My name is Fran and I am a Senior Care Navigator-more of that later.
I work in the Community Health team in the South West locality in Tower Hamlets. I have been working in this role for 14 years and am proud to say I was employed in the original pilot when we worked for Tower Hamlets Primary Care Trust.
My day starts at 6:15am unless Derek my cat decides otherwise. The priority is to feed the cat then myself and have the all-important cup of tea. Then off to join the dreaded commute on the Central line and, without delays, arriving in our Wapping office for 8am.
Getting to the office for 8am gives me the opportunity to check emails and phone messages before the phones start to ring, catch up on any outstanding ‘inputting’, not to mention being able to savour a steaming Cappuccino from the local coffee shop.
Being part of a multi-disciplinary team, I take part in the morning Triage meeting to review referrals. Throughout the previous day and overnight, referrals arrive from local GPs and various professionals requesting input for patients. Each new patient is discussed and the appropriate discipline is assigned that patient.
But what about the role of the Care Navigator? And how do we fit into the multi-disciplinary team?
A Navigator is defined as someone who steers a ship and charts a course through stormy seas. Charting a course through the stormy water between health and social care is not for the faint hearted.
It is challenging to describe the range of patients that find themselves on my caseload. There’s the dementia patient with lung cancer whose family needed a lynchpin to co-ordinate all the visits from professionals, and a shoulder to cry on. Supporting family and carers is always essential. Being at the forefront to coordinate meetings with professionals and families is a common occurrence. You sometimes need to be creative - on one occasion, I ended up dancing with a patient as I could see he was becoming agitated!
When assessing a patient in their home, I will try to gather a picture about their health and their social situation. But I am also trying to capture the things they are not telling me. Sometimes it can take a few visits to try to instil a sense of trust. I like to enter into a partnership with the patient and together we will get the right services involved and make the journey less fraught.
I try to always make my visits to and from a patient on foot. It gives me the opportunity to think about the next visit or plan what referrals I need to make for the patient, and it is the only exercise I get!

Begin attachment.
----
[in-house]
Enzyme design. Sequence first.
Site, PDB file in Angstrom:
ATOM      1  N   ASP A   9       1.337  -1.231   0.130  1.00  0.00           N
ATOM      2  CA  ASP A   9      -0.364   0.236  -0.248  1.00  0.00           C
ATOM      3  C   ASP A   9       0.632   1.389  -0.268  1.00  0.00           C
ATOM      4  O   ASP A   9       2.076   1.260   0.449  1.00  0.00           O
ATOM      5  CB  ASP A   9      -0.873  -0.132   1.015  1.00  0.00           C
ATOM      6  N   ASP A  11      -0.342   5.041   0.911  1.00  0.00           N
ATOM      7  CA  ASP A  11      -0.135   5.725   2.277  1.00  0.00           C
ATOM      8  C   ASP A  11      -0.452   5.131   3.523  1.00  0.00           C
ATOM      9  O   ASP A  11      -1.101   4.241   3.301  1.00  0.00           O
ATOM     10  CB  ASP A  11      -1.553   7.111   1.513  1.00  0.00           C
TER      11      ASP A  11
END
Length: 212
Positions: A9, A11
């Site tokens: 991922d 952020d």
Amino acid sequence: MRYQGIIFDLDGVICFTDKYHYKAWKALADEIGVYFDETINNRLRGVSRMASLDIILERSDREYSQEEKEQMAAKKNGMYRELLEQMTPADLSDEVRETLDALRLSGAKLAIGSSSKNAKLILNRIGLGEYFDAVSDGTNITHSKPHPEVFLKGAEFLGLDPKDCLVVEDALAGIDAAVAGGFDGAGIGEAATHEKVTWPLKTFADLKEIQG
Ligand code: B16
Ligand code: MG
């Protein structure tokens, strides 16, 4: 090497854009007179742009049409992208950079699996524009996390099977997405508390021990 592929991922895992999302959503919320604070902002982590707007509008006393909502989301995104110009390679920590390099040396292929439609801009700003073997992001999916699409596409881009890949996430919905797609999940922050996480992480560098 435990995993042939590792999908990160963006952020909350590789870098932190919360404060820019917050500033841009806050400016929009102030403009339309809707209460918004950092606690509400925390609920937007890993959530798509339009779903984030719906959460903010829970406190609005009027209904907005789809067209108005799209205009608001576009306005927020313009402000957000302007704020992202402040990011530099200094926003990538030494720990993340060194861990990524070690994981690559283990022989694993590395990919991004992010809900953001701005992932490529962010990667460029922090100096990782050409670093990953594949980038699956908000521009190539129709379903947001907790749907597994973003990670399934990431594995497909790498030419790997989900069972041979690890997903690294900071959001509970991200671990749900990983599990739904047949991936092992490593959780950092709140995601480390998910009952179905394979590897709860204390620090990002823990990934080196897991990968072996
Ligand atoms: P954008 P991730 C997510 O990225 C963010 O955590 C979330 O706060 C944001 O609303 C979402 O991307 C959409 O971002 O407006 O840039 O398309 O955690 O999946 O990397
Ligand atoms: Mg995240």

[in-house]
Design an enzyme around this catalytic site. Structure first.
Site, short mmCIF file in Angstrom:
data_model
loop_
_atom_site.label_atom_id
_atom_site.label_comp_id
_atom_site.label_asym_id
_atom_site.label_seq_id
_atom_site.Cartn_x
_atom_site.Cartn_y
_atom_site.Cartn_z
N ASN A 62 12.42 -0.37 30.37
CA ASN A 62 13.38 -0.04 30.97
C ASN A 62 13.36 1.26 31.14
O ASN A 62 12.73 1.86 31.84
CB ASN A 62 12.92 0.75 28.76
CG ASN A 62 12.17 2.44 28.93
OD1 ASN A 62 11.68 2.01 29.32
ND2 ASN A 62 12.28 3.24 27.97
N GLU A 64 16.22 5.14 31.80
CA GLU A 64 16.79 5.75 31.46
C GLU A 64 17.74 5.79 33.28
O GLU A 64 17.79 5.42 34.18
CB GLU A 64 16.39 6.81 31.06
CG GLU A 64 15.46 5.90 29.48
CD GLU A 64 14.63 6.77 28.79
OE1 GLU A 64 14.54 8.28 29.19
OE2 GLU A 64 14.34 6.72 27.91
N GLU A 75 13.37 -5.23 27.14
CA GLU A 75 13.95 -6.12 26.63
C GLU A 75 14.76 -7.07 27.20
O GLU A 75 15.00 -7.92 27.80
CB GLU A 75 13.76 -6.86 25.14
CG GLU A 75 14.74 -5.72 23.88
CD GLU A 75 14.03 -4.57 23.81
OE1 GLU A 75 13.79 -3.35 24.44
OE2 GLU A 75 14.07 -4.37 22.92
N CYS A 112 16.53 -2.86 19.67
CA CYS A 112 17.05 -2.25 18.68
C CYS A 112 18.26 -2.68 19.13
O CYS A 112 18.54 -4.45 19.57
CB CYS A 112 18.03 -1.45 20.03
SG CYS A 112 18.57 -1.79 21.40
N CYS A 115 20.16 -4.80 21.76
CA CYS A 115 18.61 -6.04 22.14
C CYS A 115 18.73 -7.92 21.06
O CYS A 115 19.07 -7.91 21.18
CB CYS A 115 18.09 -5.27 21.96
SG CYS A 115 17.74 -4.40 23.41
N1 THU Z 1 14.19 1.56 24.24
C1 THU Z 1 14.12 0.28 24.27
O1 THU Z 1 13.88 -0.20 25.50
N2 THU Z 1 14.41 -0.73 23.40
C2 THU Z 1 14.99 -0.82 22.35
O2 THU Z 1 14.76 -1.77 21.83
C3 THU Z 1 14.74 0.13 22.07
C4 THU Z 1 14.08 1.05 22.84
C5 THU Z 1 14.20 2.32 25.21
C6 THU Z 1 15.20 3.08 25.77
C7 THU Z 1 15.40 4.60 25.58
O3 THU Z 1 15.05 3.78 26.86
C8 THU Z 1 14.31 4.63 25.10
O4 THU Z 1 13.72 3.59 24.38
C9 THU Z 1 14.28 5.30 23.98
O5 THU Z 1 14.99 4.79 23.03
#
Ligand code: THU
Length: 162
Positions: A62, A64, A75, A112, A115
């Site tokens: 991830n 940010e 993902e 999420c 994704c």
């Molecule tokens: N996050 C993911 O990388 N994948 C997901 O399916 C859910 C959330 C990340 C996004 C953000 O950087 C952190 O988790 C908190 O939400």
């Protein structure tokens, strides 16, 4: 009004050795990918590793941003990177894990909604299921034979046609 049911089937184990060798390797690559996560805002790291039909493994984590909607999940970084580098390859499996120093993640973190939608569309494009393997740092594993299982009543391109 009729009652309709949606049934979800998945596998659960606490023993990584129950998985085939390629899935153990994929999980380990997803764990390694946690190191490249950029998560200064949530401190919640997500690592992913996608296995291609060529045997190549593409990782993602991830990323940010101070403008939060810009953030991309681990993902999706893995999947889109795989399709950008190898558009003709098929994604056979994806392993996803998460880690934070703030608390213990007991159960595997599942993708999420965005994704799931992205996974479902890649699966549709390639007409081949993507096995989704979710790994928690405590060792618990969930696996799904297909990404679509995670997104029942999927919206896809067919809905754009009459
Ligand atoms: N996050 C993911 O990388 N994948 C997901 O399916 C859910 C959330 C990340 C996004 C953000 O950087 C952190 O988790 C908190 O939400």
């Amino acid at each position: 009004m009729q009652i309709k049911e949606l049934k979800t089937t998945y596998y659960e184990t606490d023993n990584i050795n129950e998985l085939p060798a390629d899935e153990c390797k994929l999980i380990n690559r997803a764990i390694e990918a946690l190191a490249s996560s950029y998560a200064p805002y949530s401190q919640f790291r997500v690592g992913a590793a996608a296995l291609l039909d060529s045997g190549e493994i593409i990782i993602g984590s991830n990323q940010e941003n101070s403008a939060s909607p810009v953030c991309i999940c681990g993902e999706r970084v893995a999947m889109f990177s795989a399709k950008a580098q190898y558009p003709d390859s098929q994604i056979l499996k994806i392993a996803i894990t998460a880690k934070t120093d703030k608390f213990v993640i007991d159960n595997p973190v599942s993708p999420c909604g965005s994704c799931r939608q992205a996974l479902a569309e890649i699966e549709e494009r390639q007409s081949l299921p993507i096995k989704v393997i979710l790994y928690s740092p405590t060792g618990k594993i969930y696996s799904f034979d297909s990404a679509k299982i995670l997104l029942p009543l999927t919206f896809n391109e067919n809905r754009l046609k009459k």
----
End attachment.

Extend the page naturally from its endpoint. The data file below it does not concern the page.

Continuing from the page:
Poor housing, hoarding, anxiety, loneliness, isolation, coping with a long term condition - all these issues as we know can lead to poor health and admissions to hospital. My role is to think creatively to find solutions that do not always include statutory agencies. A current patient with communication difficulties is becoming isolated. He needs stimulation so I am taking him to a local history walking group that takes place once a week.
It is difficult to plan too far ahead. Back in the office there is always the phone call from an anxious patient, worried because their carer is late, the patient who has been turned down for a benefit and is frightened, the family member who has been up all night caring for their loved one. A response of some kind is required, whether that is a reassuring voice or an unplanned visit later that day.
Crucial to my day is liaising with other professionals, requesting urgent responses, and agreeing to joint visits. Ensuring that communication is on-going and that the left hand knows what the right is doing, is essential to the role. Once a month we attend a multi-disciplinary team with the GPs, building close relationships with the GPs has always been paramount to our role. Taking advice is also important. Often my colleagues will offer a suggestion to get me over a particularly large hurdle.
Over recent years we have noticed an increase in patients with mental health issues - depression, anxiety and dementia. We are fortunate to have a mental health liaison nurse who works alongside us and her advice and support is invaluable. I have also noticed an increase in palliative patients (people who need symptom management) without any family to support and be with them. We strive to support these patients by coordinating their care, being a listening ear and also working alongside St Joseph’s Hospice which is a privilege and I continue to learn so much from them in relation to the care of the dying.
Like many health care professions, no two days are the same. As I write this my planned day has changed. This morning I had intended to catch up on some emails and phone calls and finish this commentary on my day. However, a call from an anxious patient who has received a letter from a well-known company threatening to cut off her phone requires me to visit and try to relieve her worry. On the surface, this may seem inconsequential but when you live alone with multiple health issues, an unpaid bill can impact on you physically, seriously affect your health and possibly result in a hospital admission.
When it is time to go home, my thoughts walking to the tube station are on what could have gone better today and what I can do better tomorrow. Derek greets me at the front door, insists on being stroked and demands feeding. Like many I try very hard to turn the work switch to the off position by gluing myself to my armchair and watching the TV.
Despite any apprehensions I may have as to what tomorrow will bring, I still think this is ‘the best job in the world’, unless of course I get to run a Cattery!